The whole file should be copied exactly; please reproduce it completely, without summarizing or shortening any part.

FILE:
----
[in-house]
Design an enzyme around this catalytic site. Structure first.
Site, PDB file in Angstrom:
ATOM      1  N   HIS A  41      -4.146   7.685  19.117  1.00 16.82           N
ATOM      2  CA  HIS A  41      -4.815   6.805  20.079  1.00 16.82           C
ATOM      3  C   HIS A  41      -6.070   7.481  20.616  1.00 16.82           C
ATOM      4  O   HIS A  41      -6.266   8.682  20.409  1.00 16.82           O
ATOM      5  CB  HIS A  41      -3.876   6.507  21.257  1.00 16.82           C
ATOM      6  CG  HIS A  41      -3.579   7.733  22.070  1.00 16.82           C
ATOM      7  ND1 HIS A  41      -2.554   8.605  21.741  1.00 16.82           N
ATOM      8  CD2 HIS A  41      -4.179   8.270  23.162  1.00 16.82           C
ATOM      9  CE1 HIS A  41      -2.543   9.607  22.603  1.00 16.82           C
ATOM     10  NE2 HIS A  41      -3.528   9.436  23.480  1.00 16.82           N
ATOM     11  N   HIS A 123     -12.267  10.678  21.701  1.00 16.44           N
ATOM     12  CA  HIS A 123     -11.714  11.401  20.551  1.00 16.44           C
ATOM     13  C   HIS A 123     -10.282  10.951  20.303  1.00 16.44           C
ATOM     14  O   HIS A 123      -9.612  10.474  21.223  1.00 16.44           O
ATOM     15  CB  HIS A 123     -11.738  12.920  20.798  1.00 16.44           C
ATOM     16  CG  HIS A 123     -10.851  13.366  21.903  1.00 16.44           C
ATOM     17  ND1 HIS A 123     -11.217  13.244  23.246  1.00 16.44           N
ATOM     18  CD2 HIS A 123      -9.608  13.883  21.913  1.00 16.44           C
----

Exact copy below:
[in-house]
Design an enzyme around this catalytic site. Structure first.
Site, PDB file in Angstrom:
ATOM      1  N   HIS A  41      -4.146   7.685  19.117  1.00 16.82           N
ATOM      2  CA  HIS A  41      -4.815   6.805  20.079  1.00 16.82           C
ATOM      3  C   HIS A  41      -6.070   7.481  20.616  1.00 16.82           C
ATOM      4  O   HIS A  41      -6.266   8.682  20.409  1.00 16.82           O
ATOM      5  CB  HIS A  41      -3.876   6.507  21.257  1.00 16.82           C
ATOM      6  CG  HIS A  41      -3.579   7.733  22.070  1.00 16.82           C
ATOM      7  ND1 HIS A  41      -2.554   8.605  21.741  1.00 16.82           N
ATOM      8  CD2 HIS A  41      -4.179   8.270  23.162  1.00 16.82           C
ATOM      9  CE1 HIS A  41      -2.543   9.607  22.603  1.00 16.82           C
ATOM     10  NE2 HIS A  41      -3.528   9.436  23.480  1.00 16.82           N
ATOM     11  N   HIS A 123     -12.267  10.678  21.701  1.00 16.44           N
ATOM     12  CA  HIS A 123     -11.714  11.401  20.551  1.00 16.44           C
ATOM     13  C   HIS A 123     -10.282  10.951  20.303  1.00 16.44           C
ATOM     14  O   HIS A 123      -9.612  10.474  21.223  1.00 16.44           O
ATOM     15  CB  HIS A 123     -11.738  12.920  20.798  1.00 16.44           C
ATOM     16  CG  HIS A 123     -10.851  13.366  21.903  1.00 16.44           C
ATOM     17  ND1 HIS A 123     -11.217  13.244  23.246  1.00 16.44           N
ATOM     18  CD2 HIS A 123      -9.608  13.883  21.913  1.00 16.44           C